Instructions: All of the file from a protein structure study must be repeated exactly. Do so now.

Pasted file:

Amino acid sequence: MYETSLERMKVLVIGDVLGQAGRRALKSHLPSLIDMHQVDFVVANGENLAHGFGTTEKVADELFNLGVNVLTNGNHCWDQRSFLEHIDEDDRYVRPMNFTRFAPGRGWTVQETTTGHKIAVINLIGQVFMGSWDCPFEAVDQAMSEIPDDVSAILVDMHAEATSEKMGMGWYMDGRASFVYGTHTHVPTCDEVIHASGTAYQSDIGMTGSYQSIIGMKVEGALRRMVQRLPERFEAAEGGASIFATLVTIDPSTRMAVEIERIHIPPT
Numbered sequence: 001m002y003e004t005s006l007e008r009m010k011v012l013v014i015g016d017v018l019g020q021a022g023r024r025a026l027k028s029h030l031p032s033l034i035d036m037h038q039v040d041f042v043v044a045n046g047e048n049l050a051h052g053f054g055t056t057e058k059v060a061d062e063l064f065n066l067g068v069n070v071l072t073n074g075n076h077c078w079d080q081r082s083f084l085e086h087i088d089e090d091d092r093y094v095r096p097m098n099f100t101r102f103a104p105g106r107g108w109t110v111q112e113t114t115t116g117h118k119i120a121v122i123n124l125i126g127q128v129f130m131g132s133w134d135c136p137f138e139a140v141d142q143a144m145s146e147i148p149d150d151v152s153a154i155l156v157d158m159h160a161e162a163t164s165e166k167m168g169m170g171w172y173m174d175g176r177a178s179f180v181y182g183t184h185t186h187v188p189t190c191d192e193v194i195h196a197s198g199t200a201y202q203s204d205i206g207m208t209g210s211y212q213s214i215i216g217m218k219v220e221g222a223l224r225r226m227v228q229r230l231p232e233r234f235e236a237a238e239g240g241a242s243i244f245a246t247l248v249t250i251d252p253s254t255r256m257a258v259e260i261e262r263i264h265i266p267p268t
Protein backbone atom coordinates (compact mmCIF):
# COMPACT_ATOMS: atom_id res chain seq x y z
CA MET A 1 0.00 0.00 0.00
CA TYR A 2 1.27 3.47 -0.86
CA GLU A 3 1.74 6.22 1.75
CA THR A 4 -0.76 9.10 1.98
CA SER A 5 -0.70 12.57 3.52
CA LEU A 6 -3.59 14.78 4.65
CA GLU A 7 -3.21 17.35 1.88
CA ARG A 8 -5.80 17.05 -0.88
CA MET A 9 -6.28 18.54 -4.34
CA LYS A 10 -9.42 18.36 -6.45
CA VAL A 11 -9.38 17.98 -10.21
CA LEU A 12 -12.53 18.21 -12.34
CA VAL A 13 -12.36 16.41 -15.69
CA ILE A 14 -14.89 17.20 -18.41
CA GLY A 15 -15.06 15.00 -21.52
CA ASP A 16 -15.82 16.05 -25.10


Amino acid sequence: MYETSLERMKVLVIGDVLGQAGRRALKSHLPSLIDMHQVDFVVANGENLAHGFGTTEKVADELFNLGVNVLTNGNHCWDQRSFLEHIDEDDRYVRPMNFTRFAPGRGWTVQETTTGHKIAVINLIGQVFMGSWDCPFEAVDQAMSEIPDDVSAILVDMHAEATSEKMGMGWYMDGRASFVYGTHTHVPTCDEVIHASGTAYQSDIGMTGSYQSIIGMKVEGALRRMVQRLPERFEAAEGGASIFATLVTIDPSTRMAVEIERIHIPPT
Numbered sequence: 001m002y003e004t005s006l007e008r009m010k011v012l013v014i015g016d017v018l019g020q021a022g023r024r025a026l027k028s029h030l031p032s033l034i035d036m037h038q039v040d041f042v043v044a045n046g047e048n049l050a051h052g053f054g055t056t057e058k059v060a061d062e063l064f065n066l067g068v069n070v071l072t073n074g075n076h077c078w079d080q081r082s083f084l085e086h087i088d089e090d091d092r093y094v095r096p097m098n099f100t101r102f103a104p105g106r107g108w109t110v111q112e113t114t115t116g117h118k119i120a121v122i123n124l125i126g127q128v129f130m131g132s133w134d135c136p137f138e139a140v141d142q143a144m145s146e147i148p149d150d151v152s153a154i155l156v157d158m159h160a161e162a163t164s165e166k167m168g169m170g171w172y173m174d175g176r177a178s179f180v181y182g183t184h185t186h187v188p189t190c191d192e193v194i195h196a197s198g199t200a201y202q203s204d205i206g207m208t209g210s211y212q213s214i215i216g217m218k219v220e221g222a223l224r225r226m227v228q229r230l231p232e233r234f235e236a237a238e239g240g241a242s243i244f245a246t247l248v249t250i251d252p253s254t255r256m257a258v259e260i261e262r263i264h265i266p267p268t
Protein backbone atom coordinates (compact mmCIF):
# COMPACT_ATOMS: atom_id res chain seq x y z
CA MET A 1 0.00 0.00 0.00
CA TYR A 2 1.27 3.47 -0.86
CA GLU A 3 1.74 6.22 1.75
CA THR A 4 -0.76 9.10 1.98
CA SER A 5 -0.70 12.57 3.52
CA LEU A 6 -3.59 14.78 4.65
CA GLU A 7 -3.21 17.35 1.88
CA ARG A 8 -5.80 17.05 -0.88
CA MET A 9 -6.28 18.54 -4.34
CA LYS A 10 -9.42 18.36 -6.45
CA VAL A 11 -9.38 17.98 -10.21
CA LEU A 12 -12.53 18.21 -12.34
CA VAL A 13 -12.36 16.41 -15.69
CA ILE A 14 -14.89 17.20 -18.41
CA GLY A 15 -15.06 15.00 -21.52
CA ASP A 16 -15.82 16.05 -25.10